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Since 1st March, 1999
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Alert after sting deaths
- Malignant malaria kills 12

Alipurduar, June 5: The state health department has sounded an alert in Jalpaiguri district after 12 persons died of malignant malaria in the past two months. Two of the deaths occurred on Tuesday.

The deputy director of health services (malaria), S. K. Sil, who had come from Calcutta to review the situation, visited the Alipurduar subdivisional hospital last night, where seven persons suffering from the disease have been admitted.

“We have issued the alert throughout the Jalpaiguri district. Health staff have been instructed to collect blood samples where malaria has been detected and start preventive medication of people residing in the areas,” Sil said.

The official death toll because of the mosquito-borne disease at the subdivisional hospital was eight. This includes the deaths of Rahima Bibi, 25, and Biswanath Rabi Das, 25, on Tuesday at the Alipurduar subdivisional hospital and Amar Munda, 7, who died last week while being brought to the hospital. Four more deaths were reported from other parts of the subdivision.

The deputy director said his department would review the work of the NGOs and the performance of the health workers.

Today, he held a meeting with all block medical officers of health in Jalpaiguri and told them that collecting blood samples from fever patients should be made mandatory throughout the district. "We are also making arrangements to distribute medicated mosquito nets that need not be re-medicated for four years.” In the earlier nets, the medicinal property lasted for two years.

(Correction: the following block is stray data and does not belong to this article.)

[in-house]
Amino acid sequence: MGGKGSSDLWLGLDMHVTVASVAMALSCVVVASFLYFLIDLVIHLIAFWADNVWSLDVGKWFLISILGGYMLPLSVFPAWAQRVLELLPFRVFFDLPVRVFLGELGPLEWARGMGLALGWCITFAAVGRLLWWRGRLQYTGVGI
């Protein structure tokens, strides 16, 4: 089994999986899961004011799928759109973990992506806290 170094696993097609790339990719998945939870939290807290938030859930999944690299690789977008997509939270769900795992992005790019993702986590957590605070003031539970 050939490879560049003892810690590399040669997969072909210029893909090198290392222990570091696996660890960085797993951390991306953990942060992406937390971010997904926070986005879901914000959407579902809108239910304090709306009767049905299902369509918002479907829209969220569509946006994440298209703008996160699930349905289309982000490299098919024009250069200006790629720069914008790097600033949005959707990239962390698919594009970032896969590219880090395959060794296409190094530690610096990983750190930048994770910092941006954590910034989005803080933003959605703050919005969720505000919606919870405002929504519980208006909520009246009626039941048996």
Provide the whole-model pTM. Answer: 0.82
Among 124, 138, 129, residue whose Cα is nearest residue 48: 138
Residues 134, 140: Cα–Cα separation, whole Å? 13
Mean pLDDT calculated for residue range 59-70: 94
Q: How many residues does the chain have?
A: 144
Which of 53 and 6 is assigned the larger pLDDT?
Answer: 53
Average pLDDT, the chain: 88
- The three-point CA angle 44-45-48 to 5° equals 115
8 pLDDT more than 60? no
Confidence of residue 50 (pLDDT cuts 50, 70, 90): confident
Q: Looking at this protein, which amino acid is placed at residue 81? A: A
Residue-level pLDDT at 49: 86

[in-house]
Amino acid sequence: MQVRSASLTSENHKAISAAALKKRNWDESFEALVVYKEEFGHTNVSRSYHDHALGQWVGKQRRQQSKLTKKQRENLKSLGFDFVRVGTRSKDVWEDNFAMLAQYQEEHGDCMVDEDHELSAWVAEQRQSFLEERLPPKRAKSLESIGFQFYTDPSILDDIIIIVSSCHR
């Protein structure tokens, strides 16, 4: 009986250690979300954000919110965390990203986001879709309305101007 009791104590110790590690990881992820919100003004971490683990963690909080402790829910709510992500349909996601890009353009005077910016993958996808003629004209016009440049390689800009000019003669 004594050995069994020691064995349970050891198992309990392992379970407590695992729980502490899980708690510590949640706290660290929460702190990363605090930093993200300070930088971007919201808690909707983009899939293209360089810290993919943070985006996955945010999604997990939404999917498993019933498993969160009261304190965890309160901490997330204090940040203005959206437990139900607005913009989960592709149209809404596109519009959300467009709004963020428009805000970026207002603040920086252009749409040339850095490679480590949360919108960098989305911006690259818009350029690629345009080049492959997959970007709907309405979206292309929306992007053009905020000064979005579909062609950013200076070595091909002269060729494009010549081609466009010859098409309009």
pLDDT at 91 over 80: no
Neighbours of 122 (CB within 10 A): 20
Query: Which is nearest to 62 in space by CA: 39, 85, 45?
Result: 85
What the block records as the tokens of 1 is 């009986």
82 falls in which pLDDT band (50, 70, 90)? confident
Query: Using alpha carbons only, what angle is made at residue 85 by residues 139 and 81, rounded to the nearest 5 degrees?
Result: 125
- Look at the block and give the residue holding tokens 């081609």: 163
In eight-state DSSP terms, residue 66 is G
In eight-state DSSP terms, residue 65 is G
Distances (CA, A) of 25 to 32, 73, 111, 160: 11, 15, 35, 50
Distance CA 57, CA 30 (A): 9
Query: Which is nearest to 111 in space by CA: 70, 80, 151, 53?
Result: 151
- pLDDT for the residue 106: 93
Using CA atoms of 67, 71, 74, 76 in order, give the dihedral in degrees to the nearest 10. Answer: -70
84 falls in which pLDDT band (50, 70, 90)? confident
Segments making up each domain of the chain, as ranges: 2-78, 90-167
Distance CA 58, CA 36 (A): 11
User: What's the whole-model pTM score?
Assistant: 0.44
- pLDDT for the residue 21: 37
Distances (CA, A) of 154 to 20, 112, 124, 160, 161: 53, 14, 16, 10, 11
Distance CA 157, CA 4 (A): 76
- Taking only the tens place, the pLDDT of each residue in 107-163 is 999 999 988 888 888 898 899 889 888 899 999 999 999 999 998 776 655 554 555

According to Sil, the tea gardens were very prone to malaria caused by the plasmodium vivax and the malignant malaria by plasmodium falciparrum parasites. “The estates are supposed to have their own doctors, but unfortunately our health teams have to rush there when there is news of a malaria or gastroenteric outbreak. The other problem is that the people bring patients at a time when they are almost beyond help,” he said.

Yesterday, the additional chief medical officer of health of Alipurduar, Debashis Sarkar, who had toured the Alipurduar I and Kalchini blocks, said: “There is a communication gap between NGOs and the health staff. The NGOs complained that blood was not collected and medicines not distributed properly.”

Asim Majumdar, the president of the Kalchini branch of the Family Planning Association of India, alleged that the effort by the health department was not intensive enough. “The government should involve more people like local clubs to impart information on malaria prevention,” Majumdar said.

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